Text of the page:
Friday, May 30, 2008

The illusion of consciousness and self

I've been kind of disconnected from this blog for some time (ok ... for a long time!) and I don't even feel bad about it (hey, that's freedom :). If I said that the main reason was that most of my reading in the past couple months was: paper books! it would be hard to believe by my previous posts, but it is true! (I sensed a connection between reading blogs and writing blogs in the past, but that's another subject)

By looking at one's blog in retrospective you can have a new glimpse into your own consciousness. Particularly you might find yourself surprised by how far away (even if not necessary contradictory) that mindset that you had in the past was. Most likely any state of mind you had in the past does not hold on and match your current state of mind. You might sometimes find yourself thinking: did I write that? Or you might find that the relevance or intensity of things totally changed in one or another direction. It might be that your attention was in totally different things or it might be that your curiosity was totally somewhere else.

This and other experiences in life lead me to grasp, in a more deeply way, that consciousness and self is only an illusion. We work hard every minute and specially when we sleep putting together the experiences of the previous day and creating the illusion of continuum. As a matter of fact even animals have this built-in illusion of time continuum; otherwise they would not be able to go for a pray or flight from a predator. But of course we humans brought this to a new level, we have this sense of self that is almost tangible, we firmly believe it exists: I am.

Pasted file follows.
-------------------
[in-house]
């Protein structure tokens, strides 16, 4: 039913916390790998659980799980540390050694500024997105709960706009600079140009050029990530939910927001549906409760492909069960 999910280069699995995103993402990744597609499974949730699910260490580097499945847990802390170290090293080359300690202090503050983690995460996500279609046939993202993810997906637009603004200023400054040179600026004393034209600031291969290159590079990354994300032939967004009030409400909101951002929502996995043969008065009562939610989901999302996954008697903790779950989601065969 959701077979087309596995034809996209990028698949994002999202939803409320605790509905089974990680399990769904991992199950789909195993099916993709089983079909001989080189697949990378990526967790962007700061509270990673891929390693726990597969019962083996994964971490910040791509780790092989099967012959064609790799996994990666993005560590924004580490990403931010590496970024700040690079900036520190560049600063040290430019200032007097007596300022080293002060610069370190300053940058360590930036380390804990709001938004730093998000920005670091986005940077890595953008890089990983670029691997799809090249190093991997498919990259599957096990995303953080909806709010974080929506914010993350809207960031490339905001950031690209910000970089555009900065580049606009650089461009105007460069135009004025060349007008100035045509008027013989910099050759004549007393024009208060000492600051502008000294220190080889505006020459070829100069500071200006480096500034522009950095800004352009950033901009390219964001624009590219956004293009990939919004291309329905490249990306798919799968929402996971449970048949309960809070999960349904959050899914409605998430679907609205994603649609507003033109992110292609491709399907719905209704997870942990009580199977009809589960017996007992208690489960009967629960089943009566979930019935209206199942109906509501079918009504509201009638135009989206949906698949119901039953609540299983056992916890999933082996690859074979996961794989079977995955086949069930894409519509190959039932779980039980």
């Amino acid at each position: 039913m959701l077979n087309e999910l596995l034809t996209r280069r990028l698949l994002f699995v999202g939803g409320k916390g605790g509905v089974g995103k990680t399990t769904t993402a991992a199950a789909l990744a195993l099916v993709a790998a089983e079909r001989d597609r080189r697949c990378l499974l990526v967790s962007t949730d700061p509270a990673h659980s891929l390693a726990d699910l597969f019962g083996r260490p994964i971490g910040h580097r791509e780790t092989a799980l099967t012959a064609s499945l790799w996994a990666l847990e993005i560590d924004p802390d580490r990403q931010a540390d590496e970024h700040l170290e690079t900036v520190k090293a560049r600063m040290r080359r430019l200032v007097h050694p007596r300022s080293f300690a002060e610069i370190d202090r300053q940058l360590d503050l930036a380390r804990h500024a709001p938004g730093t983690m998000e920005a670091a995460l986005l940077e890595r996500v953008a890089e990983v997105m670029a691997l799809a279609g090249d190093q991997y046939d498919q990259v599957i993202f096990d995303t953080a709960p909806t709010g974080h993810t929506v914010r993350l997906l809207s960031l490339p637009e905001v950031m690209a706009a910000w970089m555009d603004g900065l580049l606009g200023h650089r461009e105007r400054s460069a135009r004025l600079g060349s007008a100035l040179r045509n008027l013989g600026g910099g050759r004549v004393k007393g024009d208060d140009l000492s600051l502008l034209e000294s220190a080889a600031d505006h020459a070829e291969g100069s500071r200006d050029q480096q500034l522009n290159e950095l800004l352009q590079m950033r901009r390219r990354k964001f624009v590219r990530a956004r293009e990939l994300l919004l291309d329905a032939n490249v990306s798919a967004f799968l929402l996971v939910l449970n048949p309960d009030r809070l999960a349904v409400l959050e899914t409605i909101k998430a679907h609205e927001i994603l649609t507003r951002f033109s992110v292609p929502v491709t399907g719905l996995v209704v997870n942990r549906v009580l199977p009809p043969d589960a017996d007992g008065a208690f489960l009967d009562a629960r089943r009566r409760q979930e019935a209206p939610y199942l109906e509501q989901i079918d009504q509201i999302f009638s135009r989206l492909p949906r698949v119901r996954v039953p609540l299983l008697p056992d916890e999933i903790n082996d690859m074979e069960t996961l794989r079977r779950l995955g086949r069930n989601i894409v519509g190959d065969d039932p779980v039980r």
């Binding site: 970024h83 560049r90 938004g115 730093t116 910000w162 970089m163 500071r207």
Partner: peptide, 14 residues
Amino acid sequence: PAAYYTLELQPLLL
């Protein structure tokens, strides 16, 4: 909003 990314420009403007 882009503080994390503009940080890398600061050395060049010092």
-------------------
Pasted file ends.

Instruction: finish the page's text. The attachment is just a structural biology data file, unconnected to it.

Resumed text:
Then, my next thought was, that this feeling of self that we experience as our neural networks live in our brain, could be emulated in a greater scale. If a machine would have enough connected nodes of the nature of one mind being those biologic (as in humans) or not, and would have some mechanism of putting together all those experiences into one, a feeling of self would arise.

So now I have hope, that even if the experience is transcendental for us, there is some explanation for this sense of there has to be a greater purpose. It's not probably an ultimate purpose, but I think that sense of purpose that my daughter tells me she wonders about, as I did when I was her age, might after all exist in some level that transcends us.

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